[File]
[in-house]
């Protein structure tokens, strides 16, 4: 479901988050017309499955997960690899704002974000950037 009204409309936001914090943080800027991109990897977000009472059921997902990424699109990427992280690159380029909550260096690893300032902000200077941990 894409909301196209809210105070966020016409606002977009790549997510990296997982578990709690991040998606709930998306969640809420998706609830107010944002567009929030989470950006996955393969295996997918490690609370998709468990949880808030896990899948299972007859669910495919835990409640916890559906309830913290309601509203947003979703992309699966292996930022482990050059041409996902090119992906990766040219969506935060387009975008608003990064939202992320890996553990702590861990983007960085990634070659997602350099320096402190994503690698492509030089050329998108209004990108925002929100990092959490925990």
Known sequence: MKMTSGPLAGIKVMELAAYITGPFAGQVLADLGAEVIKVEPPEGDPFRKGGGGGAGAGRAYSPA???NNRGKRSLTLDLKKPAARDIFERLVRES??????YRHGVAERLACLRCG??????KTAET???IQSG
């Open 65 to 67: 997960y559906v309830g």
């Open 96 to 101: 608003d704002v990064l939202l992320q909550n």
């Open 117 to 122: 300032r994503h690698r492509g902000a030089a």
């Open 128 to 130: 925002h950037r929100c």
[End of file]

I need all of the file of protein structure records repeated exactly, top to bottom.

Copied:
[in-house]
């Protein structure tokens, strides 16, 4: 479901988050017309499955997960690899704002974000950037 009204409309936001914090943080800027991109990897977000009472059921997902990424699109990427992280690159380029909550260096690893300032902000200077941990 894409909301196209809210105070966020016409606002977009790549997510990296997982578990709690991040998606709930998306969640809420998706609830107010944002567009929030989470950006996955393969295996997918490690609370998709468990949880808030896990899948299972007859669910495919835990409640916890559906309830913290309601509203947003979703992309699966292996930022482990050059041409996902090119992906990766040219969506935060387009975008608003990064939202992320890996553990702590861990983007960085990634070659997602350099320096402190994503690698492509030089050329998108209004990108925002929100990092959490925990």
Known sequence: MKMTSGPLAGIKVMELAAYITGPFAGQVLADLGAEVIKVEPPEGDPFRKGGGGGAGAGRAYSPA???NNRGKRSLTLDLKKPAARDIFERLVRES??????YRHGVAERLACLRCG??????KTAET???IQSG
């Open 65 to 67: 997960y559906v309830g």
């Open 96 to 101: 608003d704002v990064l939202l992320q909550n």
């Open 117 to 122: 300032r994503h690698r492509g902000a030089a």
């Open 128 to 130: 925002h950037r929100c």